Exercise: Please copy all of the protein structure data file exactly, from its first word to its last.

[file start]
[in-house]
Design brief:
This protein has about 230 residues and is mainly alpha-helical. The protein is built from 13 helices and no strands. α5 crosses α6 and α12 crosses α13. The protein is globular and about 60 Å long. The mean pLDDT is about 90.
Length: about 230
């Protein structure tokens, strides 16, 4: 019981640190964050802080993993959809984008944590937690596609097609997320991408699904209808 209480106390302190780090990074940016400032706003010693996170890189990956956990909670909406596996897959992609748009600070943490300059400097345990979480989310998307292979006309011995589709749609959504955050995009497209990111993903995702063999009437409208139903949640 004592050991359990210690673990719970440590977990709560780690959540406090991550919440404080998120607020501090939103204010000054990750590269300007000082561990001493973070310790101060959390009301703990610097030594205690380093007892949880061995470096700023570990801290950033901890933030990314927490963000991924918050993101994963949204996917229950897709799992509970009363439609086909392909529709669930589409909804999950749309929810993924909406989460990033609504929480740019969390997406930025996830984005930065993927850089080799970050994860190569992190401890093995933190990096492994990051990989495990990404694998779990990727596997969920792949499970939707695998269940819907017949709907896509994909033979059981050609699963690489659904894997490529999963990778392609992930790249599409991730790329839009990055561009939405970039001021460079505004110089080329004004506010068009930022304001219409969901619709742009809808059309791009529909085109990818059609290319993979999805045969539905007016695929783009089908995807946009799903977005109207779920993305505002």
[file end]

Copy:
[in-house]
Design brief:
This protein has about 230 residues and is mainly alpha-helical. The protein is built from 13 helices and no strands. α5 crosses α6 and α12 crosses α13. The protein is globular and about 60 Å long. The mean pLDDT is about 90.
Length: about 230
């Protein structure tokens, strides 16, 4: 019981640190964050802080993993959809984008944590937690596609097609997320991408699904209808 209480106390302190780090990074940016400032706003010693996170890189990956956990909670909406596996897959992609748009600070943490300059400097345990979480989310998307292979006309011995589709749609959504955050995009497209990111993903995702063999009437409208139903949640 004592050991359990210690673990719970440590977990709560780690959540406090991550919440404080998120607020501090939103204010000054990750590269300007000082561990001493973070310790101060959390009301703990610097030594205690380093007892949880061995470096700023570990801290950033901890933030990314927490963000991924918050993101994963949204996917229950897709799992509970009363439609086909392909529709669930589409909804999950749309929810993924909406989460990033609504929480740019969390997406930025996830984005930065993927850089080799970050994860190569992190401890093995933190990096492994990051990989495990990404694998779990990727596997969920792949499970939707695998269940819907017949709907896509994909033979059981050609699963690489659904894997490529999963990778392609992930790249599409991730790329839009990055561009939405970039001021460079505004110089080329004004506010068009930022304001219409969901619709742009809808059309791009529909085109990818059609290319993979999805045969539905007016695929783009089908995807946009799903977005109207779920993305505002």